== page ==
Good design goes under the radar, good design isn’t something that necessarily jumps out at you, but in contrast is something that works and enhances the user’s experience without even realising. Sometimes a great user experience isn’t really appreciated until a user has a bad one. Having a point of reference to judge and compare can really emphasise whether or not the experience is working.
A good experience isn’t something you are going to necessarily shout out about. All those elements you don’t realise have had a lot of planning and thought are taken for granted. It look and feels like it does for a reason, and logic, reason and tonnes of user research has been taken into account for every design decision made.
So where does the UI designer fit into this?
Whilst following design patterns and best practice it is easy to stray into the territory of looking unoriginal and bland, this is where the magic of a User Interface designer comes in, and it is their duty to create something that adheres to a practical user experience but reflects the brand and offers a unique take on interactive elements and visual storytelling. UI should just do enough to guide the user and as the saying goes if you have to explain it then it’s not working, and it is easy to lose sight and to create something that looks visually stunning but doesn’t have a clear intention or is a maze for the user to navigate around.
The asos experience
To look at a case study, an e-com store would be the easiest starting point, as it has a very simple objective, which is to get a user through to purchasing products through the site, which sounds like a very simple idea to carry out, a user lands on the homepage > navigates to a product > checks out and the purchase is complete. Yet hundreds of thousands of pounds is spent testing these methods and researching how user’s interact with the online shop experience, asos.com is a prime example of a store that has meticulous planning on every detail and element that appears with the site.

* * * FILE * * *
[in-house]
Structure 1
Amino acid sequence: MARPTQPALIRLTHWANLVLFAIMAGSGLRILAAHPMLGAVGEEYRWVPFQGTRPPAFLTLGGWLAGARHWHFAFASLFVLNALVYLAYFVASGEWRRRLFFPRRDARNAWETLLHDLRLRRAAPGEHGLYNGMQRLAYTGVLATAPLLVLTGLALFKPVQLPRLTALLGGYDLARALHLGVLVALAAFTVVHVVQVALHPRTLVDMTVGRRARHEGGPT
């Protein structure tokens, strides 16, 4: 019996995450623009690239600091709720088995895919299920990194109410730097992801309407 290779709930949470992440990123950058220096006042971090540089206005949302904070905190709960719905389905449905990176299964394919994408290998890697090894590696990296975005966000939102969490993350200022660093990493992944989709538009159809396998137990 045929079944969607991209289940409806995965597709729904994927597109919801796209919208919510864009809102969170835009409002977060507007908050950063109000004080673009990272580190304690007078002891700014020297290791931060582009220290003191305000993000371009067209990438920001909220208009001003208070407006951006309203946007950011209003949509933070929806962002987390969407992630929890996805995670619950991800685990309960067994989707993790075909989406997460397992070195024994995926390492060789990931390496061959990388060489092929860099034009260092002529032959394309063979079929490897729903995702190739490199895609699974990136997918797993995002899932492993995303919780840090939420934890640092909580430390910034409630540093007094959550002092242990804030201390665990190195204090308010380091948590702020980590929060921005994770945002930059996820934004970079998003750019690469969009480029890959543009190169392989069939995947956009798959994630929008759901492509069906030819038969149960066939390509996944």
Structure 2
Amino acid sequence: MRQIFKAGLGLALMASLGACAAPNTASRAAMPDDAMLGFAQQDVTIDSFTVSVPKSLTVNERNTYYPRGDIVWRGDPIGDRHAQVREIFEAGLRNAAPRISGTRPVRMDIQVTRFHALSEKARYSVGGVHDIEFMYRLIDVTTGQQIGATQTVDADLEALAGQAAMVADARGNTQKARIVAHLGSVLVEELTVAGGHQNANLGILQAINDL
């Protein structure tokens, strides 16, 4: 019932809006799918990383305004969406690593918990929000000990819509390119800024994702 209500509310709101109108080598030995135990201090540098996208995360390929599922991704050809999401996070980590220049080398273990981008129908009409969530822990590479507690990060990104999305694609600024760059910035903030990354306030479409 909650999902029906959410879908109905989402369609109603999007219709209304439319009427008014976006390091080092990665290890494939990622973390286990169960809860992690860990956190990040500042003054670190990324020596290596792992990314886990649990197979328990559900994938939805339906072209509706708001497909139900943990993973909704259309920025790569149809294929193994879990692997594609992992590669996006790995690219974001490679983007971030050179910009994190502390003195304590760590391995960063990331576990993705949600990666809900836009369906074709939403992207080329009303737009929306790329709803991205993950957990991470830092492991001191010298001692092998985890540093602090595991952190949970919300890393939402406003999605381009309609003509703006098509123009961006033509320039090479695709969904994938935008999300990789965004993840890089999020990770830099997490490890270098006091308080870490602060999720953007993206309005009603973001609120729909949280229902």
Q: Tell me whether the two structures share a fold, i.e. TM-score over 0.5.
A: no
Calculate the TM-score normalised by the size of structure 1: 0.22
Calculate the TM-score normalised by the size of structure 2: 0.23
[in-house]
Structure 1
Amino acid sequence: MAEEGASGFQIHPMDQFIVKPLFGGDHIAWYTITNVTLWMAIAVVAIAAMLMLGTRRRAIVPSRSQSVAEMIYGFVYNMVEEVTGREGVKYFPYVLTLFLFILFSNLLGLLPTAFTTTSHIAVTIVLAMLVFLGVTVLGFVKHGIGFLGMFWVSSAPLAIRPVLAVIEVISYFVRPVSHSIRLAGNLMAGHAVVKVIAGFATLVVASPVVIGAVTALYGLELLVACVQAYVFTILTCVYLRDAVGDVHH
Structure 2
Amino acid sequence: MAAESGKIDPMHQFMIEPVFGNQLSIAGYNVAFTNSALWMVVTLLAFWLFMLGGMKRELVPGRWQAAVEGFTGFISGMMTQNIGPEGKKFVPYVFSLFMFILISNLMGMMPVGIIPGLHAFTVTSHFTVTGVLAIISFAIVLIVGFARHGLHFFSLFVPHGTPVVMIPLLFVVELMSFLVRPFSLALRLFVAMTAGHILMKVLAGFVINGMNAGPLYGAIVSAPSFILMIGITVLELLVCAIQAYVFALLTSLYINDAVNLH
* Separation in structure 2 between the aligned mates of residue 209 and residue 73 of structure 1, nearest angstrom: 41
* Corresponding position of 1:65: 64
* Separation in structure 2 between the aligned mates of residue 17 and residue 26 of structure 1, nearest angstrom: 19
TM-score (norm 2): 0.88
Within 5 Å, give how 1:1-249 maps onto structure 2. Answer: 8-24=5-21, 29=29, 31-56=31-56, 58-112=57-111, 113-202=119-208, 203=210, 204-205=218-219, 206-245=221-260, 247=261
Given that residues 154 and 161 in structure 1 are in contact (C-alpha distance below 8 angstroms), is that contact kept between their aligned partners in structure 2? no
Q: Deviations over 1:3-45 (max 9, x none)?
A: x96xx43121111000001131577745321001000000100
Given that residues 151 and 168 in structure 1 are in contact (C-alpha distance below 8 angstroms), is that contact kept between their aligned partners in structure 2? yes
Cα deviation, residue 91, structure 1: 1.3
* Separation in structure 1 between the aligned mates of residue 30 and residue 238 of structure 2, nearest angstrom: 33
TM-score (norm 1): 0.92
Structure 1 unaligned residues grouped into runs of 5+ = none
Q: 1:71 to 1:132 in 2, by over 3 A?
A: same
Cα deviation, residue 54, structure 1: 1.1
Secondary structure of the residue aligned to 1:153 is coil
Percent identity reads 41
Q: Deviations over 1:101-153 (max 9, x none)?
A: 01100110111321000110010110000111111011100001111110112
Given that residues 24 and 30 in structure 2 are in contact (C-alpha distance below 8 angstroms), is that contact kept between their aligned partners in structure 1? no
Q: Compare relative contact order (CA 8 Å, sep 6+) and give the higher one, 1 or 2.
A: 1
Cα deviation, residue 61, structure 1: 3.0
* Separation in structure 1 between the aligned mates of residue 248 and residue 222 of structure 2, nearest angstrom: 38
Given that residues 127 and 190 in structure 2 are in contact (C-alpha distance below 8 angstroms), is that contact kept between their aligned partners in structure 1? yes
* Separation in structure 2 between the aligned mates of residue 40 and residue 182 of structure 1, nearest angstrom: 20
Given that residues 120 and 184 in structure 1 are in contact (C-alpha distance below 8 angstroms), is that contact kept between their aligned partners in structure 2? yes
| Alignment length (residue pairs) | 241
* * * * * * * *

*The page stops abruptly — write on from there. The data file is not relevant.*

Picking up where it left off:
On the whole it look a very simple site, with a simple navigation with the main categories hidden in mega-menu’s behind two simple options, but this is key to making the user feel comfortable and able to find exactly what they’re looking for.
Navigation through to a category page, again the concept of simplicity is carried through here, with a muted colour palette, and clear signposting, an obvious filter, the focus is on the product and here is where imagery is key, as this is used to entice the user into taking a closer look.
Next on to the product display page, here again we see a large product image, with a very clear area in which the user would choose size and colour and then proceed to add the product to the basket (which is the first time we see a hint of colour in the UI, with a very hard-to-miss bright green).
This is a user journey with a very clear focus and result, whilst it isn’t going win awards for being a piece of art, it is a platform and concept that works and hasn’t lost sight of it’s intentions. As a user you come away with reinforcement and trust in the process.
As a designer it is easy to get carried away creating something that looks fantastic and ‘wow’s’ the user, but the real art in design is being able to know when to stop, and to use an element only when it’s necessary. A good exercise is being able to look over your designs and take away any element that isn’t adding anything to the experience, for example ‘‘do I really need that bounding box around all my titles?’’, “does that list really need an icon for every benefit displayed?’’ if there’s any doubt from these questions, you’re really working the intentions of the design and this is something that i would highly recommend. The smallest decisions, such as reducing the height of the header by 15 pixels all contribute to improving the overall user experience.
So should a website or product always be as simplistic as possible? Maybe, not always, each should be on it’s own merit, but the purpose and core journey should always shout the loudest.